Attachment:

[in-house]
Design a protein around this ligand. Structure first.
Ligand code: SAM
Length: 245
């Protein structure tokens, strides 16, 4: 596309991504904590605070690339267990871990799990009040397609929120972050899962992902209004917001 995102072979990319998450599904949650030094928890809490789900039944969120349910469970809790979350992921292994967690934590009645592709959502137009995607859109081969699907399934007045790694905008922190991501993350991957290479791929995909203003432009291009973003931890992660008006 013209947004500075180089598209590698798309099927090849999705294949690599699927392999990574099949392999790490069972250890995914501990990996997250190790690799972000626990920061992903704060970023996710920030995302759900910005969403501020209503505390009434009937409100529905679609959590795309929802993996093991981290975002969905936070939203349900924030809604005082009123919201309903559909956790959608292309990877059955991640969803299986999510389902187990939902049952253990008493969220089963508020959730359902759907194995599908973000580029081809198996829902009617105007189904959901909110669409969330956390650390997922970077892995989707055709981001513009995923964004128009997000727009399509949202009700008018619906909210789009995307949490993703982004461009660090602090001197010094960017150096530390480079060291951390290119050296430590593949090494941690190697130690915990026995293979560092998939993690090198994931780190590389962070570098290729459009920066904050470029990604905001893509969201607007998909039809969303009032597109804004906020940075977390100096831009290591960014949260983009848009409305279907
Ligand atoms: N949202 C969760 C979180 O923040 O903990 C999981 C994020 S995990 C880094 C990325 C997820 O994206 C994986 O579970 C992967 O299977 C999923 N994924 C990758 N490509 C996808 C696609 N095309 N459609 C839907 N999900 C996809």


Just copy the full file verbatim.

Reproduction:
[in-house]
Design a protein around this ligand. Structure first.
Ligand code: SAM
Length: 245
């Protein structure tokens, strides 16, 4: 596309991504904590605070690339267990871990799990009040397609929120972050899962992902209004917001 995102072979990319998450599904949650030094928890809490789900039944969120349910469970809790979350992921292994967690934590009645592709959502137009995607859109081969699907399934007045790694905008922190991501993350991957290479791929995909203003432009291009973003931890992660008006 013209947004500075180089598209590698798309099927090849999705294949690599699927392999990574099949392999790490069972250890995914501990990996997250190790690799972000626990920061992903704060970023996710920030995302759900910005969403501020209503505390009434009937409100529905679609959590795309929802993996093991981290975002969905936070939203349900924030809604005082009123919201309903559909956790959608292309990877059955991640969803299986999510389902187990939902049952253990008493969220089963508020959730359902759907194995599908973000580029081809198996829902009617105007189904959901909110669409969330956390650390997922970077892995989707055709981001513009995923964004128009997000727009399509949202009700008018619906909210789009995307949490993703982004461009660090602090001197010094960017150096530390480079060291951390290119050296430590593949090494941690190697130690915990026995293979560092998939993690090198994931780190590389962070570098290729459009920066904050470029990604905001893509969201607007998909039809969303009032597109804004906020940075977390100096831009290591960014949260983009848009409305279907
Ligand atoms: N949202 C969760 C979180 O923040 O903990 C999981 C994020 S995990 C880094 C990325 C997820 O994206 C994986 O579970 C992967 O299977 C999923 N994924 C990758 N490509 C996808 C696609 N095309 N459609 C839907 N999900 C996809």